The current Perth outbreak shows that the danger is increasing, essentially because of the profit-driven policies of federal and state governments, like those of capitalist governments internationally.

Intent on getting all workers back on the job to generate corporate revenues, the federal Liberal-National Coalition government and its state and territory counterparts, mostly run by the opposition Labor Party, have conducted a premature rush to lift all basic safety precautions in order to fully reopen the economy.

At the same time, they have presided over the failure of the quarantine system based on private hotels, and the shambles of the vaccination program. The population is now not expected to be sufficiently inoculated until next year at least, like billions of other people globally.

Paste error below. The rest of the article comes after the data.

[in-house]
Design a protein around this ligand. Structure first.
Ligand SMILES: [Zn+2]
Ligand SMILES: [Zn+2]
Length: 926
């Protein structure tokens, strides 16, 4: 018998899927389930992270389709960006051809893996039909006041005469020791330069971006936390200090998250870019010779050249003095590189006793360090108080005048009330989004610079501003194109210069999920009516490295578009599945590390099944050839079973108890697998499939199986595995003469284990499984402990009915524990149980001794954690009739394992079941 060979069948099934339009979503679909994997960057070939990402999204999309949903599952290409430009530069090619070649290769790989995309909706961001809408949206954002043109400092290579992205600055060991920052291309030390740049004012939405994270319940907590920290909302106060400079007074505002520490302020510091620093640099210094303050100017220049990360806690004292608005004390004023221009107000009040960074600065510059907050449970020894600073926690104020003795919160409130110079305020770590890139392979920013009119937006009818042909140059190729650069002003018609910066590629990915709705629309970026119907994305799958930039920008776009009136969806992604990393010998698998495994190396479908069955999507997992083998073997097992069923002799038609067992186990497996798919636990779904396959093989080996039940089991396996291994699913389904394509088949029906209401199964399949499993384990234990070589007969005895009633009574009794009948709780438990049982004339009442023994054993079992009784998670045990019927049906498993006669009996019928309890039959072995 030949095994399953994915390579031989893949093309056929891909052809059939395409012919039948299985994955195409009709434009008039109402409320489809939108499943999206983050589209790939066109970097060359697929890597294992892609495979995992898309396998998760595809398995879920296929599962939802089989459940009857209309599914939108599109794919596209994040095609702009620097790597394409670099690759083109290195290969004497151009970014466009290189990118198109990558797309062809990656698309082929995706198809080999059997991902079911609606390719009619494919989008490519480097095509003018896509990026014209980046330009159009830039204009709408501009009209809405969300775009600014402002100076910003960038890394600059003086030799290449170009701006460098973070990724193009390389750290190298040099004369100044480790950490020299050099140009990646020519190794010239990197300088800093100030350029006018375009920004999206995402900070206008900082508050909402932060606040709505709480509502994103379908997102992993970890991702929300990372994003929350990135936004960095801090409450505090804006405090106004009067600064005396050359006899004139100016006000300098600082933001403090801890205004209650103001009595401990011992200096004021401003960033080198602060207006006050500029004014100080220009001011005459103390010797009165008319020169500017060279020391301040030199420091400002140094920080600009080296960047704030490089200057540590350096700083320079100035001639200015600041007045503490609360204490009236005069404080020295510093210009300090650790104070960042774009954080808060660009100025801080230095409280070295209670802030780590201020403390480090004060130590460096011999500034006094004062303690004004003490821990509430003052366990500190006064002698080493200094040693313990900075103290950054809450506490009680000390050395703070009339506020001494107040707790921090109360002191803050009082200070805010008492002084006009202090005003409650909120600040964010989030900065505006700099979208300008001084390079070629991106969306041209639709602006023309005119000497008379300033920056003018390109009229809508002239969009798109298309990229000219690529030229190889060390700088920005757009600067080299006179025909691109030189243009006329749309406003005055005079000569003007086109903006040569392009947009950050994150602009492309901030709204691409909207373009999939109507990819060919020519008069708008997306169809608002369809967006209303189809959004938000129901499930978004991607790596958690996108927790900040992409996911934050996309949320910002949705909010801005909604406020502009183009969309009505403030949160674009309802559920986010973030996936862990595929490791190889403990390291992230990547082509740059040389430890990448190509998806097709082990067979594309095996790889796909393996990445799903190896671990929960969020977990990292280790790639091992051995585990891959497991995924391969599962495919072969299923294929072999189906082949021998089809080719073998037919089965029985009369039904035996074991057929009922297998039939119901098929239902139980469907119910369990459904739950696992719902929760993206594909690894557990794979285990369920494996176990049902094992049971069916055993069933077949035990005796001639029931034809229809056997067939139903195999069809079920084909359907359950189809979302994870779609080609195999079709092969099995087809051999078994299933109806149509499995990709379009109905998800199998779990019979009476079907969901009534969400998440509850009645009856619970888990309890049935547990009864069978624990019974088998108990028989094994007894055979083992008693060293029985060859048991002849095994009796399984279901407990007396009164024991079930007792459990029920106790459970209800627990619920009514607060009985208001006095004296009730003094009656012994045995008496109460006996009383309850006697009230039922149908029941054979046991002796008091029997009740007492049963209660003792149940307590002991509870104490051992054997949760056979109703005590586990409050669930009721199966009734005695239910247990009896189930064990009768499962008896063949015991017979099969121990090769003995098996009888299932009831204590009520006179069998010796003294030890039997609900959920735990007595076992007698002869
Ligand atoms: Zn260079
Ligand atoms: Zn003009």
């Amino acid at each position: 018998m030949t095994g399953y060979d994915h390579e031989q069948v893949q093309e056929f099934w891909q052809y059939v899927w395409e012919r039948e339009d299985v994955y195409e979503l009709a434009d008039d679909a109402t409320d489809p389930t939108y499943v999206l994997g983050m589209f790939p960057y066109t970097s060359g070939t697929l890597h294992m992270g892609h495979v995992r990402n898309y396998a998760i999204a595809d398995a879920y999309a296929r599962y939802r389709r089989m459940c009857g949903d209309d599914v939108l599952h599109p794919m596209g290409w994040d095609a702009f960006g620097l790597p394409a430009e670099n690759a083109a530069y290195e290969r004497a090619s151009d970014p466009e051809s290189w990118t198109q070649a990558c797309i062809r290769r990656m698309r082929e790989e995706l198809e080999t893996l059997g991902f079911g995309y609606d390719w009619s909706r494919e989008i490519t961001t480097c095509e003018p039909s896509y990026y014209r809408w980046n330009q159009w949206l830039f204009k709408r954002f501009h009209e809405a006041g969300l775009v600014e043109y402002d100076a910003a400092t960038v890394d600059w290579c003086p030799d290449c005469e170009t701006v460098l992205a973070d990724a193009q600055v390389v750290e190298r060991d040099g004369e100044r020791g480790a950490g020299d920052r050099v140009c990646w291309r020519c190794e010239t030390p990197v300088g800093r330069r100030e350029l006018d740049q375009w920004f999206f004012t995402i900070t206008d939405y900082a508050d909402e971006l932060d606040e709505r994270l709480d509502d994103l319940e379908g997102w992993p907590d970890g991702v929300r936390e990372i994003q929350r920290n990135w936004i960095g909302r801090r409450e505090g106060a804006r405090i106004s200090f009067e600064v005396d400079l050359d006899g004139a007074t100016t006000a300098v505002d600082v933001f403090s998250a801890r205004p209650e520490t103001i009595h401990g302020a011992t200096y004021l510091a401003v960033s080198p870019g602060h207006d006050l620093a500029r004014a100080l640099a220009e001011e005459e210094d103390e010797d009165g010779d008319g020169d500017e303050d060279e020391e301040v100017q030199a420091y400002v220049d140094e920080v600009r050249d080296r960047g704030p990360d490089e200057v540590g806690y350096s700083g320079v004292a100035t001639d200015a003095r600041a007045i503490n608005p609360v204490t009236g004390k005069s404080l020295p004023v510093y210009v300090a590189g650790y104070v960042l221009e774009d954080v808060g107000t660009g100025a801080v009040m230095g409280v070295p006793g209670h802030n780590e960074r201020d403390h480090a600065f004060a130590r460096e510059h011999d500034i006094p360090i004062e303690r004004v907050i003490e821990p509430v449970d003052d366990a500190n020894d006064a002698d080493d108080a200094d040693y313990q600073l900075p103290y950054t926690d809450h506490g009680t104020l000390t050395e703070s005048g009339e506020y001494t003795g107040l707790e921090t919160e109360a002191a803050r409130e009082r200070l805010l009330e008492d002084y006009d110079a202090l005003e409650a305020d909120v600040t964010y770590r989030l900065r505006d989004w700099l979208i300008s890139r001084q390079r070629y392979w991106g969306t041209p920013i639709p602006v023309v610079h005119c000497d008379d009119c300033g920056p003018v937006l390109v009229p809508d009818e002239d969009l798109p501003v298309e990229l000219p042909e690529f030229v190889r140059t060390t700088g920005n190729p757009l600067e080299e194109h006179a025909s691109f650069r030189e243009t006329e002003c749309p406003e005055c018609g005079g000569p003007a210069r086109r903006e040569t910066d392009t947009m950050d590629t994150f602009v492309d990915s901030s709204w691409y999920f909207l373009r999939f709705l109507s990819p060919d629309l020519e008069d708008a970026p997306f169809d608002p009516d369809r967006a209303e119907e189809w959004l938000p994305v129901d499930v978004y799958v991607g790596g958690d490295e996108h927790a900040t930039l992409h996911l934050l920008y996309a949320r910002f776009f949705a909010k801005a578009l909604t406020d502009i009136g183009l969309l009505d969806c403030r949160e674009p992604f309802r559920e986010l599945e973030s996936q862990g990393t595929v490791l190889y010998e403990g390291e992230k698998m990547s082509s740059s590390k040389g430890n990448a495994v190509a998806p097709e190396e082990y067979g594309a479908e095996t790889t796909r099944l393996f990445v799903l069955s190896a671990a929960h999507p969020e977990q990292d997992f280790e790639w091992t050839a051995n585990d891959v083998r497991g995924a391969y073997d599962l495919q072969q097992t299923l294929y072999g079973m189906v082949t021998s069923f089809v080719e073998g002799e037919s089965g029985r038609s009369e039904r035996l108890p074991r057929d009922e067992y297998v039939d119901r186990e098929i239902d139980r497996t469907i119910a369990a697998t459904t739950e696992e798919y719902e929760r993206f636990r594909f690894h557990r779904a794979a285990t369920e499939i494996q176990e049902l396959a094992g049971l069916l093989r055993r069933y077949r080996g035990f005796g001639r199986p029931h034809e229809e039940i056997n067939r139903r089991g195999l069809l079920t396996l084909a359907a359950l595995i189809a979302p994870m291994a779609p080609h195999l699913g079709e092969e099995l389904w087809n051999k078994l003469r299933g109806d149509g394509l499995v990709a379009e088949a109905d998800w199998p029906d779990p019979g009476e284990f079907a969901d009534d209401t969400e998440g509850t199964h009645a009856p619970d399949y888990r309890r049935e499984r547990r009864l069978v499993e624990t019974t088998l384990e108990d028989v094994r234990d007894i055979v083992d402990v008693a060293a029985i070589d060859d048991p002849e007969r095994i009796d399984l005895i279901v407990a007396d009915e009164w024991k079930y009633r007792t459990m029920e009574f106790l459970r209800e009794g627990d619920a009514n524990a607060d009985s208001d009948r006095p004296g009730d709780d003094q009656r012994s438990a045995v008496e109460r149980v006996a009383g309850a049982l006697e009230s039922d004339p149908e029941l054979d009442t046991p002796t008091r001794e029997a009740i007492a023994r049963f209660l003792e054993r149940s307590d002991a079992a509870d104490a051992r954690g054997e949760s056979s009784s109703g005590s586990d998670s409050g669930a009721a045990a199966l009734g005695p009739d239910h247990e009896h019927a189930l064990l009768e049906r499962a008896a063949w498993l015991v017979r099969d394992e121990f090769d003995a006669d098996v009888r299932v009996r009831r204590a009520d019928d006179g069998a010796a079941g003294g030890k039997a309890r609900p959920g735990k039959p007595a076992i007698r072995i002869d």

Even Perth’s limited shutdown incurred the wrath of the corporate media. Without waiting to see how many people became infected, the Murdoch media flagship the Australian immediately denounced it last Saturday as a “crazy COVID panic” and a “fresh economic blow.”

Despite a still unknown number of infections in Perth and Melbourne, governments encouraged people to gather and march in Anzac Day war commemorations around Australia on Sunday, and a crowd of 78,103 was permitted at a football game in Melbourne. This was proclaimed as a world record attendance at a sporting event since the pandemic was declared in March 2020.

Apart from the promotion of militarism and the lucrative interests involved in professional sports, such events are intended to create an atmosphere of a return to “normality”—irresponsibly sowing complacency and confusion about the pandemic.

In Victoria, the state Labor government took no general safety measures, even though 241 passengers flew on the same plane as the infected man. More than 1,000 other people recently arrived from WA, and testing and contact tracing remains incomplete. Potentially infected people have been simply asked to self-quarantine.